Cross country running is a very British pastime traditionally  carried out in the dead of winter when cold weather, mud and rain conspire to attract only the hardiest of souls.

I hadn’t run a cross country race since I was a schoolboy but the intervening 30 years seemed like yesterday as I waited for the off in a muddy field in north east London.

London is not renowned  for its cross country but every spring its acolytes will find a stern test in the shape of Epping Forest’s Orion 15.

This historic race, which began as a 15 mile ‘constitutional’ run in 1923 by host club Orion Harriers, offers a lung bursting 15 mile course which twist and turns and slithers and slides  its way through London’s largest remaining tract of woodland.

It’s a real gathering of the tribes. The Mornington Chasers rub shoulders with the Springfield Striders, while the Fairlands Valley Spartans size up the threat posed by the Ipswich Jaffers and Thurrock Nomads.

The Orion 15 entry letter gives competitors fair warning of what they are letting themselves in for with an introductory ‘Dear runner, friend and lover of mud, hills and puddles’ together with a course description of  ’hills, forest trails, fields, hills, horse rides, some hills and not a little mud.’

It certainly lives up to its reputation as the starter’s gun lets loose a jostling mass of several hundred runners. No sooner have we slid around the first bend then the mud is upon us.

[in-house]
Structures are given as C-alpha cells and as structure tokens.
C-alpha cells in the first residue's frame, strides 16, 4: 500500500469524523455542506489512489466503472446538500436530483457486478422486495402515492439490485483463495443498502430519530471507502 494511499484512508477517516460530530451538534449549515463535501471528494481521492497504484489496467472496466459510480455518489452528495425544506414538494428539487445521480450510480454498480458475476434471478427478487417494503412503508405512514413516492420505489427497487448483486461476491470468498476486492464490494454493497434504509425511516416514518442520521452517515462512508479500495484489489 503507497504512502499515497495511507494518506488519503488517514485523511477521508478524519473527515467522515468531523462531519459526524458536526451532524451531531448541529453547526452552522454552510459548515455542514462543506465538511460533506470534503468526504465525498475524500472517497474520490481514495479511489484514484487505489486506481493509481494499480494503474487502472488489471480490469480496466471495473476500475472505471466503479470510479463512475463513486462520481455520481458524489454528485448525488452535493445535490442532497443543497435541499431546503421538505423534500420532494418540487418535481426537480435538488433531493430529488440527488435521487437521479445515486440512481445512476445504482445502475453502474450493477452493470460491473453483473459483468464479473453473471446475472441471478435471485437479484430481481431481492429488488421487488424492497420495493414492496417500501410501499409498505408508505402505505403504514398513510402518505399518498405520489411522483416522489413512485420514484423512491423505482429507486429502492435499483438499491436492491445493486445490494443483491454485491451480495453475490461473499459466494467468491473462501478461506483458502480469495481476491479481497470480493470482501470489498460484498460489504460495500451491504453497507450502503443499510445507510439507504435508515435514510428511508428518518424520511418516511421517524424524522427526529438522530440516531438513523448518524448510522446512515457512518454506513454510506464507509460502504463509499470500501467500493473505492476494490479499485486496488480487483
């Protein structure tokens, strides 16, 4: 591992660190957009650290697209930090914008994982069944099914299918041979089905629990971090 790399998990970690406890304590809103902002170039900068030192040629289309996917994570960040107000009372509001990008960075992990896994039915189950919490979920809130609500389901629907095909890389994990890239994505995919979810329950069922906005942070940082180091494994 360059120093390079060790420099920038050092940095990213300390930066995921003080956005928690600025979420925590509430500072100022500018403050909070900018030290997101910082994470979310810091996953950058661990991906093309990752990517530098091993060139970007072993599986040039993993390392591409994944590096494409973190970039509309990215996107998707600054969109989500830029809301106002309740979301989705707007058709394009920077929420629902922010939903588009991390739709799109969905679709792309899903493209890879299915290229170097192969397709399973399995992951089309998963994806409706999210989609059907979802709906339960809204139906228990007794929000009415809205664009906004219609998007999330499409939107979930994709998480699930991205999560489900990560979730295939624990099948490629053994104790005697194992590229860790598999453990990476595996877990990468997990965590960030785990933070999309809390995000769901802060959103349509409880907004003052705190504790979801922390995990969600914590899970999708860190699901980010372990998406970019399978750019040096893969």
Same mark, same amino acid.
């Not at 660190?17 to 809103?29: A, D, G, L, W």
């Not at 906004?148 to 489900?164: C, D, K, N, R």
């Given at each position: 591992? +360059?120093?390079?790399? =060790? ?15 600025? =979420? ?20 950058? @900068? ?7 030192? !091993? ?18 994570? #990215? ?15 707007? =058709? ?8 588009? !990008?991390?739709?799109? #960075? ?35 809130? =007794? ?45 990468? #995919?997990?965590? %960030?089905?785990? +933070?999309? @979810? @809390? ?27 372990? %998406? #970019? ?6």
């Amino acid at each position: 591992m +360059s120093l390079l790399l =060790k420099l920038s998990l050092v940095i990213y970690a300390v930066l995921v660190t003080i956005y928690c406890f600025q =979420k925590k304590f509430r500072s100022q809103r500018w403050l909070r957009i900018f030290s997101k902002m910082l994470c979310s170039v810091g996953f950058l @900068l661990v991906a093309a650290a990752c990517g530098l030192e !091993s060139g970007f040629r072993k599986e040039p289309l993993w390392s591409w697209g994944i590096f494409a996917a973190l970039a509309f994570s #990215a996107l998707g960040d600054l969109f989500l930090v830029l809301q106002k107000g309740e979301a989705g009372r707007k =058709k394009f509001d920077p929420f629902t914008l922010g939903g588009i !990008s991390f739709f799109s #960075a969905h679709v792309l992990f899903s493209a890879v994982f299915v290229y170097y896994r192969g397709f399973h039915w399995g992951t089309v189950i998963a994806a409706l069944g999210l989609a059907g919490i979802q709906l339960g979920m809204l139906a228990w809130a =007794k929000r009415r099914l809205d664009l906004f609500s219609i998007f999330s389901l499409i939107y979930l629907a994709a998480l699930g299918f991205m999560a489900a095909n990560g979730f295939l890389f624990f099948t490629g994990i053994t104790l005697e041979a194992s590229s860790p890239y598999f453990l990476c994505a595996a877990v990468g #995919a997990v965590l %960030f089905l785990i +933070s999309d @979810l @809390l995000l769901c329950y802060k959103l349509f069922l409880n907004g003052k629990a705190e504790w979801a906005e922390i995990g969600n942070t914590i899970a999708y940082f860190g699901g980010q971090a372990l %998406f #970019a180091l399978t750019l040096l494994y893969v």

Is is, of course, worse for us slow coaches at the back who plough a furrow through the churning ankle deep morass  left by the rest of the field.

The mud claims victims straight away sucking off a shoe here and there  to howls of anguish while one  unfortunate lands on his knees only to be knocked down by the ensuing change .

Someone else grasps vainly at a tree branch before ending up on his back. An old hand ploughs through the thick of it  with a sage ‘you’re going to get muddy so get on with it son.’

The course certainly tips its hat to cross country’s equestrian roots when runners held the human equivalent of ‘horse and hound’ races with one or two athletes chased by a relentless pack.

The brief respite of firm ground offered by bridle-ways and snatches of road is replaced by an assault course of muddy trails, water filled ditches, stiles, ankle turning tree roots and hill after lung busting hill.

I’m feel surprisingly good after what I think is three miles only to turn the corner and see the luminous one mile marker. I feel the energy drain out of me  at the thought of another 14 miles as I’m elbowed into a bramble bush by a passing runner with a brisk ‘make way, make way.’

I settle for a slow jog trot and ignore the markers after that along with the forest’s rich history which including a hunting lodge used by Queen Elizabeth, highwayman Dick Turpin’s hideout, a grove of fruit trees nurtured by Lawrence of Arabia and a grand obelisk making the meridian line.

I thankfully make the nine mile cut-off of one hour and 30 minutes after which slower runners are asked to retire and only remember the remaining miles seeming to get slower and longer the closer I get to the finish.

I finally stagger across the line in 130h position – a solid half-an-hour  after the winner – to polite applause and a celebratory cup of Buck’s Fizz.

Never again? I’ll be back next year.


Marathon runner Harmander Singh likes to dress up for the big occasion and has completed the London Marathon a knee trembling 25 times in a variety of guises including Obelisk the Gaul, Wee Willy Winky and as a nurse.